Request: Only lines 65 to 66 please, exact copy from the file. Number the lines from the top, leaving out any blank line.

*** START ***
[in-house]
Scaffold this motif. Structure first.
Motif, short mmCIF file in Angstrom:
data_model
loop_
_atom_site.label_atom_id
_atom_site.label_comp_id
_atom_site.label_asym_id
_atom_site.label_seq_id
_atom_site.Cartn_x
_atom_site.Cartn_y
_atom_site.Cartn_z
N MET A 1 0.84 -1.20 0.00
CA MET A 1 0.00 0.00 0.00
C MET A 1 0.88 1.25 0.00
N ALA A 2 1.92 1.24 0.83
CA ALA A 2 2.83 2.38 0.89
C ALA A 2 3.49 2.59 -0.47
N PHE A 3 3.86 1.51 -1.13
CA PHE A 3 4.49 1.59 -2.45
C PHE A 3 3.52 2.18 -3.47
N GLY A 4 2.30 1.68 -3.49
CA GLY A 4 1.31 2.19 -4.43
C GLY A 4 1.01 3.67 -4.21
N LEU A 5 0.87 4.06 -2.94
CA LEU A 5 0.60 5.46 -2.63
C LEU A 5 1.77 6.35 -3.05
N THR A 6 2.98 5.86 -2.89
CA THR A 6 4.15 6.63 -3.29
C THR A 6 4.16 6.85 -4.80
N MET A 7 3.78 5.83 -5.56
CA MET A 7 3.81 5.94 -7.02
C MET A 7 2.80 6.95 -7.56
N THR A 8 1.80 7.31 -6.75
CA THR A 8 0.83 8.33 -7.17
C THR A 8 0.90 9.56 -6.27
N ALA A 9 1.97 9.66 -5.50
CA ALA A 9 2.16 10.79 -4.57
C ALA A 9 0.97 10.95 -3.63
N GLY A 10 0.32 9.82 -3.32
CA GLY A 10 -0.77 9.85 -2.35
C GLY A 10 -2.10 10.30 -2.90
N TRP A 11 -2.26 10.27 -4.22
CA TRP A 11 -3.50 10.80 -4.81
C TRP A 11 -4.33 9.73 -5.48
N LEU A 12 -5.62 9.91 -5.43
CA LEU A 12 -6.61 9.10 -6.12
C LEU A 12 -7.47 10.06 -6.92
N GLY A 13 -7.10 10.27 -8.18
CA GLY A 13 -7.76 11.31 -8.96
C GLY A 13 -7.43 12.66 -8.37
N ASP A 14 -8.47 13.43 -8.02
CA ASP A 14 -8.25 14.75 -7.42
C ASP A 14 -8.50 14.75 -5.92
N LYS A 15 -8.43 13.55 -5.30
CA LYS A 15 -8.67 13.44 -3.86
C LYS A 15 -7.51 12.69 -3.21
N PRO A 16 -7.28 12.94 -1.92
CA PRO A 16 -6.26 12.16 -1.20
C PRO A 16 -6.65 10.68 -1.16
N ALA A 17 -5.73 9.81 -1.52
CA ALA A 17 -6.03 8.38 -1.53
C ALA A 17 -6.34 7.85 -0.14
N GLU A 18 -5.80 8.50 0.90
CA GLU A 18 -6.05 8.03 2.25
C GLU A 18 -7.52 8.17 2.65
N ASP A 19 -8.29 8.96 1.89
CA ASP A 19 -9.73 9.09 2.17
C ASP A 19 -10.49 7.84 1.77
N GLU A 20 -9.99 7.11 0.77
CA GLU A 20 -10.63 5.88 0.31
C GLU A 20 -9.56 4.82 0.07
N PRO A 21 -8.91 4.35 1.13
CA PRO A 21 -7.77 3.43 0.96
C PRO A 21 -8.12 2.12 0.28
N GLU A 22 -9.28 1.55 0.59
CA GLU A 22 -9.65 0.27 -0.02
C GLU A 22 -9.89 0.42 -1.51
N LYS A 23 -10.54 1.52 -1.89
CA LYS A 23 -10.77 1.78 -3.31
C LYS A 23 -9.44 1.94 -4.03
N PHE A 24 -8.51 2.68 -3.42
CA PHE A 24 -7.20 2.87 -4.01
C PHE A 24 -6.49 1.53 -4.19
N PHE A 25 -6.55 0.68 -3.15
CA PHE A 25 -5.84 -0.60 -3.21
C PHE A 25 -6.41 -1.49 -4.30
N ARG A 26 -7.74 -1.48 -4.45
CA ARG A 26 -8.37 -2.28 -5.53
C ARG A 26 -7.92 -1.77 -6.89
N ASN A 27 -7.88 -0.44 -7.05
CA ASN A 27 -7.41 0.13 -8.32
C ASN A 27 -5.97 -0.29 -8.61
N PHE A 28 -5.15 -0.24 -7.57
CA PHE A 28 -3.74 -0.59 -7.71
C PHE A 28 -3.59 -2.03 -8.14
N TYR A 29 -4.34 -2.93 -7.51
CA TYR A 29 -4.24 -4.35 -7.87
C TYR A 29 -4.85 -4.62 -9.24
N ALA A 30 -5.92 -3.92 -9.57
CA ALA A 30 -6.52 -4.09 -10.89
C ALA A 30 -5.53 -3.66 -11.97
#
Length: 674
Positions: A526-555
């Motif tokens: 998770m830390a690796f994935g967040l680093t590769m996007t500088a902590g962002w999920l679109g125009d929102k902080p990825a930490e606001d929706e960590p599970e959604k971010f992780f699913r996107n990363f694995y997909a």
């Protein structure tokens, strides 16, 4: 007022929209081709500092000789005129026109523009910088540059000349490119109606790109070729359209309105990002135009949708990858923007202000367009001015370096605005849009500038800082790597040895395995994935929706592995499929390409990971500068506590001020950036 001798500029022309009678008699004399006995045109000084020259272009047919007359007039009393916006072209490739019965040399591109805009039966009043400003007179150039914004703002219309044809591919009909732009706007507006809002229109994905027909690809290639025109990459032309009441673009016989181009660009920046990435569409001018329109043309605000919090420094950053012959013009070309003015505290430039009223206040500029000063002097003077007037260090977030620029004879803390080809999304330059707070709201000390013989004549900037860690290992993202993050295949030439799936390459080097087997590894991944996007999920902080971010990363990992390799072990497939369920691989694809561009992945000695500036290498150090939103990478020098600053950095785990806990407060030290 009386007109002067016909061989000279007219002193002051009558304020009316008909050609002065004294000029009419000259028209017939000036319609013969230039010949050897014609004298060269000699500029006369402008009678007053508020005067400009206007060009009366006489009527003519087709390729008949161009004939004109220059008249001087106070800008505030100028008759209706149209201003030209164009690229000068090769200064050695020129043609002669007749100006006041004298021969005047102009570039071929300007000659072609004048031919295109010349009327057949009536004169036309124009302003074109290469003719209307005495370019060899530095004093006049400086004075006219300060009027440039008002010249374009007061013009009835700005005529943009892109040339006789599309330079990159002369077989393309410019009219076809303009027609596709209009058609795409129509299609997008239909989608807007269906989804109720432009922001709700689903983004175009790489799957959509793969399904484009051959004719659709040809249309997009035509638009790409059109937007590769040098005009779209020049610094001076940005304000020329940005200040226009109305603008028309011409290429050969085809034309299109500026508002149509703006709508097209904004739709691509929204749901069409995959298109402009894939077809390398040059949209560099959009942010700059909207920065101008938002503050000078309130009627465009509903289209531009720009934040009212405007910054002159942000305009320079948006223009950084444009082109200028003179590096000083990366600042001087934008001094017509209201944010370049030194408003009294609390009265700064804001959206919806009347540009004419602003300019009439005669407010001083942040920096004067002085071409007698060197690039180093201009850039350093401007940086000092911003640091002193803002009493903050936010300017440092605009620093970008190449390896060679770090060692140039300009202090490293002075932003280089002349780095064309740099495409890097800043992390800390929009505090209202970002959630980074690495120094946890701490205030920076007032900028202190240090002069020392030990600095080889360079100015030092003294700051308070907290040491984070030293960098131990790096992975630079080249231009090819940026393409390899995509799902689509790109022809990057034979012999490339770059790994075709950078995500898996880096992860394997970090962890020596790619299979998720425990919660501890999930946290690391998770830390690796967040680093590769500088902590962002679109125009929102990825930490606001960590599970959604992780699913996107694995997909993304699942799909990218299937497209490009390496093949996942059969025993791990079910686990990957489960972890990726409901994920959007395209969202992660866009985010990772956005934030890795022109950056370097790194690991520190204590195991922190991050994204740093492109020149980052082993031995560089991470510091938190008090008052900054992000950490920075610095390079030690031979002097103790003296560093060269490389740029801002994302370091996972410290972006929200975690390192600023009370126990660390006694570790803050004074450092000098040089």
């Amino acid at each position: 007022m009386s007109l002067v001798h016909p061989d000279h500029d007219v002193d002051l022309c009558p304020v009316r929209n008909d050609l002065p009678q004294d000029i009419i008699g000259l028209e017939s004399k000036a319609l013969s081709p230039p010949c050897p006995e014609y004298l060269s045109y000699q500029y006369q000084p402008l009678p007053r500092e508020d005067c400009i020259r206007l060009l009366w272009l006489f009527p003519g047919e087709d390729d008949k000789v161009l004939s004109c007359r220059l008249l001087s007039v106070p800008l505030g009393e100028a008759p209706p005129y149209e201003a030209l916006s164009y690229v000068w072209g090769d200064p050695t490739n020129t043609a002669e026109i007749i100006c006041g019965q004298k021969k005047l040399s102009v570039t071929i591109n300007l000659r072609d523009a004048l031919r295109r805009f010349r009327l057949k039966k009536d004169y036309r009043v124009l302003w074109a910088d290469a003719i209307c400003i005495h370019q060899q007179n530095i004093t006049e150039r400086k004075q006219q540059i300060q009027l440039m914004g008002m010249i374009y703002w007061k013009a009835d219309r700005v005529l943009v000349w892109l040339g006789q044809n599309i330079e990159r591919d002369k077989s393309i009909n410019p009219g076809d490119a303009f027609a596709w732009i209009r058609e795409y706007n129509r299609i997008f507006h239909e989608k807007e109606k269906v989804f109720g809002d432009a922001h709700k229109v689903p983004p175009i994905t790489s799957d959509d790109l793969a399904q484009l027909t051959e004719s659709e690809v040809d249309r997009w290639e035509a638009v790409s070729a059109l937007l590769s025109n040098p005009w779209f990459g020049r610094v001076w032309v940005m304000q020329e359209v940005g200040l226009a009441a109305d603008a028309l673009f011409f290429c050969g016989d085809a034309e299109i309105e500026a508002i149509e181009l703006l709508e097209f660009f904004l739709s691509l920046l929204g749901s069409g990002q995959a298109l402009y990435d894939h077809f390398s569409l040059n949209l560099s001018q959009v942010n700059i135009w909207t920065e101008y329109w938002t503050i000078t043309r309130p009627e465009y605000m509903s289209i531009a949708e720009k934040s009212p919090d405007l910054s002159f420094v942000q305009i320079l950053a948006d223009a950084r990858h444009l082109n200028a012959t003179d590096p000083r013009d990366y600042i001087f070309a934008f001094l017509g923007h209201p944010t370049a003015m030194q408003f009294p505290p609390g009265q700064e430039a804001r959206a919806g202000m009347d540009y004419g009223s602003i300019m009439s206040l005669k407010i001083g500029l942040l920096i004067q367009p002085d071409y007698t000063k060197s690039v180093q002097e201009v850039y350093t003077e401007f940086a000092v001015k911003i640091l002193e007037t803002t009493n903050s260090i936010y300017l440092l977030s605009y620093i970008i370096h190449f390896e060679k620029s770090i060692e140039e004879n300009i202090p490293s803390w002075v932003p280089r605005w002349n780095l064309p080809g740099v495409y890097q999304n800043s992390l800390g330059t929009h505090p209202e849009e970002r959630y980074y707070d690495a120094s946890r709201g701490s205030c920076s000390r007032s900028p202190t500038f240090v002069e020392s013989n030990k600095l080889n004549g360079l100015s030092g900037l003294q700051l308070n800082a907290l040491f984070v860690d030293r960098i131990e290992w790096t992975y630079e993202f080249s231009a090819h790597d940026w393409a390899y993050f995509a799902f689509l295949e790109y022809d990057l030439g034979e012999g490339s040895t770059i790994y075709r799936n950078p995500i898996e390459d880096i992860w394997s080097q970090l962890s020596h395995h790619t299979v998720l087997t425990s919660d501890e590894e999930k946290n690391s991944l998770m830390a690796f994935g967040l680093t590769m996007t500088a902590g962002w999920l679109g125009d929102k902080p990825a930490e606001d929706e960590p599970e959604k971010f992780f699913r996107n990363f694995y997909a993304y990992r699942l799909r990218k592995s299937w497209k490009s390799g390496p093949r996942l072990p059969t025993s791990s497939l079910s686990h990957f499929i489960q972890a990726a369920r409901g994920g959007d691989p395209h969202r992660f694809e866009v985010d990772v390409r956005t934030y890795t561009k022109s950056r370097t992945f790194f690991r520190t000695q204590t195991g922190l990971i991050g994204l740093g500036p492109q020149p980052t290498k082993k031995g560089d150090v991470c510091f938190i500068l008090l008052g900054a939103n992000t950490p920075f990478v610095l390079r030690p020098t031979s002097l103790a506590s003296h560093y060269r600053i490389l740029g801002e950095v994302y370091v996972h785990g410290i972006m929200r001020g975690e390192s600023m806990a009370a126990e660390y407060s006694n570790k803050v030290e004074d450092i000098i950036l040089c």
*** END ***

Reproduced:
CA GLU A 18 -6.05 8.03 2.25
C GLU A 18 -7.52 8.17 2.65